We only place the most commonly used settings in the GUI, which is fine for mostly all users.

For more advanced users or for commands that are seldom used, we still have access to them via the CLI.

That, my friends, is why Betaflight still has a CLI.

So now you understand what the CLI is and why it is part of Betaflight. Well done, you have taken the first step to becoming a CLI ninja.

How to use the CLI in Betaflight

Once you have connected your drone to Betaflight you will be able to select CLI from the left-hand menu.

This will take you to the console. You can type commands in to the text input at the bottom of the page.

Go ahead and type in the command help, this will list all of the CLI commands.

Betaflight command line interface CLI help command

User friendly CLI

CLIs tend to be for more experience users and developers. They are not always user friendly.

The CLI in Betaflight is actually very user friendly. Some of the common pitfalls with CLIs have been dealt with.

For example, you do not need to pay attention to the case. The Betaflight CLI is not case sensitive. For example…

set vtx_band = 1

is the same as…


which is also the same as…

SeT VTx_BaNd = 0

It also does not matter about space. You can put as much space as you like or no space at all.

set vtx_band = 1

is the same as…

set vtx_band=1

which is also the same as…

set      vtx_band     =       1

Using the CLI to fetch information

Some commands such as the help command are just a single word and generally they simply return information.

Another example is the version command. This returns details about the target MCU (the chip that Betaflight is running on), target flight controller board and software version.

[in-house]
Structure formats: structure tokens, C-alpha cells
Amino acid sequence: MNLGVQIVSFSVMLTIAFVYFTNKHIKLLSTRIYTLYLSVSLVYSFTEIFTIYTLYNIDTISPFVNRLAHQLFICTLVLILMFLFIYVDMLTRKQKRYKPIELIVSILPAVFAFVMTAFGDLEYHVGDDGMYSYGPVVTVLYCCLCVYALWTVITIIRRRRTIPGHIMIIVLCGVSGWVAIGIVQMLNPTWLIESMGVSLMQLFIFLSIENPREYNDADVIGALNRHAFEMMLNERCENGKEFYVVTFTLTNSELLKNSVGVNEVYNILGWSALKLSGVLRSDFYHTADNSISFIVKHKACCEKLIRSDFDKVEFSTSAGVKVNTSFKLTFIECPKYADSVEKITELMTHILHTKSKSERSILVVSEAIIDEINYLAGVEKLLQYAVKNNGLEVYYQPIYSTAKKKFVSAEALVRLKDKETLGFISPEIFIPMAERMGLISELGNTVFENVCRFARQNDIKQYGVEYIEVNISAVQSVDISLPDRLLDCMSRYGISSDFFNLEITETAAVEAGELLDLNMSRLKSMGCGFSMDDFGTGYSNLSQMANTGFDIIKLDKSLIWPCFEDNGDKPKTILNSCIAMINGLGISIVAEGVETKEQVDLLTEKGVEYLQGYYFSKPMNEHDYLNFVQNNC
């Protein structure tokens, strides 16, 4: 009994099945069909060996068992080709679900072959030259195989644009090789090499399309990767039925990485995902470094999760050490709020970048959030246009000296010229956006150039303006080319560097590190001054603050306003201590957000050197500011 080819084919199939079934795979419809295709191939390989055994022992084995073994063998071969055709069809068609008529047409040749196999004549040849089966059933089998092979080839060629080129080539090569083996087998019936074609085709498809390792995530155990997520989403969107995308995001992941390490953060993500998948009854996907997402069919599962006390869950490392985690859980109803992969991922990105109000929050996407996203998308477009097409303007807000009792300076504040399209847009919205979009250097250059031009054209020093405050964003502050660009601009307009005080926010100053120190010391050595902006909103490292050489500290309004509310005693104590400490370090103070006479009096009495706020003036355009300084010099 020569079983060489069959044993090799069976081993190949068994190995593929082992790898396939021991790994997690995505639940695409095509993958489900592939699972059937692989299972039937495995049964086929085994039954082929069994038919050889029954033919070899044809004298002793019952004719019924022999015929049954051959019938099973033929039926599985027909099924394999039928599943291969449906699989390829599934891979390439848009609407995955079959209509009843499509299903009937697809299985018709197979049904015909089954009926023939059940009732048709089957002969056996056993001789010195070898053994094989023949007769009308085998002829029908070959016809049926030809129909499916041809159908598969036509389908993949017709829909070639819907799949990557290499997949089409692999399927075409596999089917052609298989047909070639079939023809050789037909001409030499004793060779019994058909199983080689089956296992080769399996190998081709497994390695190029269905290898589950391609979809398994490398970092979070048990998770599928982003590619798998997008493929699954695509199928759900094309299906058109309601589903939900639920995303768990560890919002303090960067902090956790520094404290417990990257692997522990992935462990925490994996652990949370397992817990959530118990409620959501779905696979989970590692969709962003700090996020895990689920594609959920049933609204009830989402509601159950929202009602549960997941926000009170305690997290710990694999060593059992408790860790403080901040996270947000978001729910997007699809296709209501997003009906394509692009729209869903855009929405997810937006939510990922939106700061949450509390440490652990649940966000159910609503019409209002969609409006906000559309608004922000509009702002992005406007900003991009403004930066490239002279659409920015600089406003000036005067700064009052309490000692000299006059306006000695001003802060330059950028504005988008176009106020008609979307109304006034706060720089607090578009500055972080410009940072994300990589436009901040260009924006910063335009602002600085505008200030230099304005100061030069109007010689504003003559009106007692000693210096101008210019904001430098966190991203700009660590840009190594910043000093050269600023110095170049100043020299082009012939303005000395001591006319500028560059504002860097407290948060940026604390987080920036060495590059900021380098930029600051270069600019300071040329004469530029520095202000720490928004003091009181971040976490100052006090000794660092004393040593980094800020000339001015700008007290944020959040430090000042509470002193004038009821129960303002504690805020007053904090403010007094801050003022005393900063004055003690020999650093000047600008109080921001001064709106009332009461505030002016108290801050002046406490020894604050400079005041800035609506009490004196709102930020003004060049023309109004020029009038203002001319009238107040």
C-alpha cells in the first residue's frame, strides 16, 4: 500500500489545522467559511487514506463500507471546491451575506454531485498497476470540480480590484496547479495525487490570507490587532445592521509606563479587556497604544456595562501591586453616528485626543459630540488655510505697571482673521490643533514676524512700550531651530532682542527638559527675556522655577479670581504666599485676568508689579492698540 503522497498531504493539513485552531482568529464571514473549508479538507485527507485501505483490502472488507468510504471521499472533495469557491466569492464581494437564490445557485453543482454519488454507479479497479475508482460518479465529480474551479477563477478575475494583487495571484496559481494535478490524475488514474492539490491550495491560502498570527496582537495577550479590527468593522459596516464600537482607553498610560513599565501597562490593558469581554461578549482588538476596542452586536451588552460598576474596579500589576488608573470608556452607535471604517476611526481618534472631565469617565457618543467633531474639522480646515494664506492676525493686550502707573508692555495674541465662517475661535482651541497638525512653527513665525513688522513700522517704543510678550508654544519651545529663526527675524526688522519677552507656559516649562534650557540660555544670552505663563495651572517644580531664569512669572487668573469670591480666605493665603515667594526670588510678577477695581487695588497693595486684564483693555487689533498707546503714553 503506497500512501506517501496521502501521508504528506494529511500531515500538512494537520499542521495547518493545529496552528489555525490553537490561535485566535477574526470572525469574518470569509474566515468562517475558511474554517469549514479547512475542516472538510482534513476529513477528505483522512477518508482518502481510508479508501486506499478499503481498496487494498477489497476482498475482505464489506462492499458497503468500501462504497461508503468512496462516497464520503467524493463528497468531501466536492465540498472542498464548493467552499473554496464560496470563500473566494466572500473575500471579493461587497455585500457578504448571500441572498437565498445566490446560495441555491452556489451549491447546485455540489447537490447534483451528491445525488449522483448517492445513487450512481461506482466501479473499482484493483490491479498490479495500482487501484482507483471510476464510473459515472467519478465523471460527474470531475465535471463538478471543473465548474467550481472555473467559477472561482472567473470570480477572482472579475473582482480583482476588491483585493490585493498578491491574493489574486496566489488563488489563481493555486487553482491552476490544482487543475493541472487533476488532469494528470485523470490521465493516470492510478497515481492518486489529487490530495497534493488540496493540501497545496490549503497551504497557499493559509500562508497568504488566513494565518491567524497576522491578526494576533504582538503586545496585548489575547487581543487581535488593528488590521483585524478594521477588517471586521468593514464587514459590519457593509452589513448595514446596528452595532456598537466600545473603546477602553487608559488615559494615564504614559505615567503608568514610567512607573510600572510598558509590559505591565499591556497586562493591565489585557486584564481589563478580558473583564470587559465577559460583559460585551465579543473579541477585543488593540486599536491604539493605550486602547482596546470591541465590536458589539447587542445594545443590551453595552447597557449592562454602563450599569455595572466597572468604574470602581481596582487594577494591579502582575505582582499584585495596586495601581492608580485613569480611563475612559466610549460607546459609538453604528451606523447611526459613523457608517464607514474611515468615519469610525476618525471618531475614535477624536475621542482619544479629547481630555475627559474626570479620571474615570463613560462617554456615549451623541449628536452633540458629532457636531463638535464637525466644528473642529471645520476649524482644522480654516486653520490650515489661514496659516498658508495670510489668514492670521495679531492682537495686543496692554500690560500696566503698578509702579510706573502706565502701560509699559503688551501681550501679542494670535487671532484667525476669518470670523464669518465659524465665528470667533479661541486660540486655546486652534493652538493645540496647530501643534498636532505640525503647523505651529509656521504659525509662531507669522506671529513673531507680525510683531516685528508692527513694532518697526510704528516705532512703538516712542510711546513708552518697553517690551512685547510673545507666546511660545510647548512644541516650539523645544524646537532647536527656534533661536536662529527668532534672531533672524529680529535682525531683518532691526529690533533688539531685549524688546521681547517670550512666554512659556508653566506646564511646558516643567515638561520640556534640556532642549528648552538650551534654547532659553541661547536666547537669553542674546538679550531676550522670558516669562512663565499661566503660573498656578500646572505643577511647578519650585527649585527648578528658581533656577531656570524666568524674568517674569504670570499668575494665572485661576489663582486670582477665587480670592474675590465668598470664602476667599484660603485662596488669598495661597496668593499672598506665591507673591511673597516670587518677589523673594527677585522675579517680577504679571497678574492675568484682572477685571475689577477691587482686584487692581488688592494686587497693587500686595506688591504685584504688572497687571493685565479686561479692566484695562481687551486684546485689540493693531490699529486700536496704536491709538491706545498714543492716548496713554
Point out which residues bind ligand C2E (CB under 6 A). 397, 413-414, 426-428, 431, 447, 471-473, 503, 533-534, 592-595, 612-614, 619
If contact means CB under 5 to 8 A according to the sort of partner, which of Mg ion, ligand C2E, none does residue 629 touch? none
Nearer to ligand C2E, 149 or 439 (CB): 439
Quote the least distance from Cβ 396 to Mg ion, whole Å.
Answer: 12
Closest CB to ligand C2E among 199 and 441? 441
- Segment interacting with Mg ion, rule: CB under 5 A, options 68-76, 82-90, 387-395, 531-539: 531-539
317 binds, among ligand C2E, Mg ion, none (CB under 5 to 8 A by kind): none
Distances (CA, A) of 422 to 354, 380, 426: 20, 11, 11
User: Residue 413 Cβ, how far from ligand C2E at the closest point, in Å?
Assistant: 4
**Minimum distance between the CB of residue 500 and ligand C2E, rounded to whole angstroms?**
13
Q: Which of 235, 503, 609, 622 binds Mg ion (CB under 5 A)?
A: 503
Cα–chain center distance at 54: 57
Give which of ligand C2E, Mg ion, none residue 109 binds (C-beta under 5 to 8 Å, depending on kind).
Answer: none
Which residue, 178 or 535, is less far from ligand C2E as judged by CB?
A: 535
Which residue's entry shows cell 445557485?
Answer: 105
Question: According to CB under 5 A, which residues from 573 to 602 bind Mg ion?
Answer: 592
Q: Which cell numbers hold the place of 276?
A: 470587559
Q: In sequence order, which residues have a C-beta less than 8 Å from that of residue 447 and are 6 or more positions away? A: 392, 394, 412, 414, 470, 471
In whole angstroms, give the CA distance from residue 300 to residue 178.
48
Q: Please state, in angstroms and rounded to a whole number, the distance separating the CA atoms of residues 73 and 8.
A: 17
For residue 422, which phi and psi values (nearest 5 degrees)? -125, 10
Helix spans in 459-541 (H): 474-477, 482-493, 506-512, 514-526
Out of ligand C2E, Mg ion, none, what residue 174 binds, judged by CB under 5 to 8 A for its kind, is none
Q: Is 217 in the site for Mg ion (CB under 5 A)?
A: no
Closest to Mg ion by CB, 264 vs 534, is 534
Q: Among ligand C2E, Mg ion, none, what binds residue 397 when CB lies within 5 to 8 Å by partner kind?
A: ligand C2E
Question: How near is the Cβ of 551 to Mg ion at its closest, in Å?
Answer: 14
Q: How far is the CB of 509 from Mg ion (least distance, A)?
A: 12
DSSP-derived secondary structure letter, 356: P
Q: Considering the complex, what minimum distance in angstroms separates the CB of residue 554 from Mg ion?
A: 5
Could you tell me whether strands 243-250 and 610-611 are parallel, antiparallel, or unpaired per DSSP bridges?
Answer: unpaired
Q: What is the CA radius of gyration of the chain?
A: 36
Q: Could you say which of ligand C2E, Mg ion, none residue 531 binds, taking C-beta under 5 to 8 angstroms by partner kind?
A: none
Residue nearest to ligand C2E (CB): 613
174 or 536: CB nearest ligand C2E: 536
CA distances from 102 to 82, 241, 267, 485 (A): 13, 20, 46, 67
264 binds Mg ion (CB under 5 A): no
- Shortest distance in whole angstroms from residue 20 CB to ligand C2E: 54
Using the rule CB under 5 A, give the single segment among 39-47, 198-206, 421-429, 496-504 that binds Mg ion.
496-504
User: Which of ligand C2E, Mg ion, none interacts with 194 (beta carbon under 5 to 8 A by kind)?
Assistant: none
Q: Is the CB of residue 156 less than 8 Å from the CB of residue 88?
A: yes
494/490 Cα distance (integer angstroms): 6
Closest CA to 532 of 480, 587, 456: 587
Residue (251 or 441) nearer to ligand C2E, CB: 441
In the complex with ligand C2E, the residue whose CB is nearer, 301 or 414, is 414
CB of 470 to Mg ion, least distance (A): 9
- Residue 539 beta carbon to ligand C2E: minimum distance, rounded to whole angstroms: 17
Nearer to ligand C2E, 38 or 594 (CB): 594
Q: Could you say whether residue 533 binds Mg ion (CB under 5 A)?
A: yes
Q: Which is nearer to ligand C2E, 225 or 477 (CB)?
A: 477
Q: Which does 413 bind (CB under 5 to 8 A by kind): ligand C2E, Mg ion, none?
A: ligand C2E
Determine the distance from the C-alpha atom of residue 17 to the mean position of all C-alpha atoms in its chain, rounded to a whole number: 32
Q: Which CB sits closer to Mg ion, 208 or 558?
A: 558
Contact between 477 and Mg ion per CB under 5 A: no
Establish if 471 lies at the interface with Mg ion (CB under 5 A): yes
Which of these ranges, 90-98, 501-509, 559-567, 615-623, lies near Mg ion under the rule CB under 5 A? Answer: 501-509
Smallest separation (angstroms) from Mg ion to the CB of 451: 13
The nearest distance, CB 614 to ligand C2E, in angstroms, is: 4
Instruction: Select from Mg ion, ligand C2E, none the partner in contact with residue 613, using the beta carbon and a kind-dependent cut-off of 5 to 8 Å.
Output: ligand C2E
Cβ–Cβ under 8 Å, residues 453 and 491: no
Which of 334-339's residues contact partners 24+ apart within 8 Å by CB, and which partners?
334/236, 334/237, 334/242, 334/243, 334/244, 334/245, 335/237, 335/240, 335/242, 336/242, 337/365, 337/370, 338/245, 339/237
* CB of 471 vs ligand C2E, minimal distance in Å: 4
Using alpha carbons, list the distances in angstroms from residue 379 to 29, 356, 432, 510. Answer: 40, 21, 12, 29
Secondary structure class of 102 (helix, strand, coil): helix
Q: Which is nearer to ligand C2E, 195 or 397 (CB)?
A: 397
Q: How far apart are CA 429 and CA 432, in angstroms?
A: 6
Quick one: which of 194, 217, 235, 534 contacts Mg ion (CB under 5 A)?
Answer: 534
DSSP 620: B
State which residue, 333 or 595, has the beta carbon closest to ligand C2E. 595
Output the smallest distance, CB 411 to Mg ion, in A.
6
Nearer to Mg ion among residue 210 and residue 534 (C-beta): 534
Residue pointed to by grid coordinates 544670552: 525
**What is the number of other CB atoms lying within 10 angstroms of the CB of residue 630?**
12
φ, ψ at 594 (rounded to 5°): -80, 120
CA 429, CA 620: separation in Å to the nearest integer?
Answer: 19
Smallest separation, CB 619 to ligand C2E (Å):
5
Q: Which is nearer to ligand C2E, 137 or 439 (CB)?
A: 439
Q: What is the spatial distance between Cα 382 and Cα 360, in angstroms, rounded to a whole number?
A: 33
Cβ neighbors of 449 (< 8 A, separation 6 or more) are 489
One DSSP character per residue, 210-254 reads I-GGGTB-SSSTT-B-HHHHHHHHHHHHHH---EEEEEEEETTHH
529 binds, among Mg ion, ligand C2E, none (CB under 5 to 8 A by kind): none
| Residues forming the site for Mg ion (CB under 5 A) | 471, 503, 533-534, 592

Using the CLI to change parameters

Then there are the commands that can actually make changes. Be careful here, you can screw stuff up.

You can use the CLI to change Betaflight parameters. You can change parameters that are accessible by the GUI and also those that are not:

In general the meat and potatoes commands in the CLI are in the following format:

[command] [parameter] = new value

For example we can change the parameter vtx_band with the set command:

set vtx_band = 1

The CLI returns the following to inform us that the change has been successful:

vtx_band set to 1

Once you have finished making changes, it is necessary to execute the save command:


This will save all of the changes that you made in the CLI and reboot the flight controller with the new settings.

Note that you will be ejected from the CLI as Betaflight disconnects. You can always go back that after you reconnect.

Using the CLI to show all or some Betaflight settings

There are two useful commands in Betaflight that can be used to fetch all of the current settings.

The dump command will list all Betaflight settings. As you can imagine this list is quite long!

It can be more useful to use the diff command. This command lists all settings that are different from the default setting, and this list will be much shorter.

You can also use the get command to fetch individual parameter values.

Just type get [parameter] and the value will be returned.


In this article we have learned something about the historical roots of Betaflight and why the CLI came to be.

We have seen that it is not so difficult to use the CLI and that as far as CLIs go, it really is quite user friendly.

For further information, you can check out Betaflight on GitHub.

I hope you have enjoyed reading and that this article has helped you learn something.

Please feel free to drop me an email if you think there is something that would be good to add!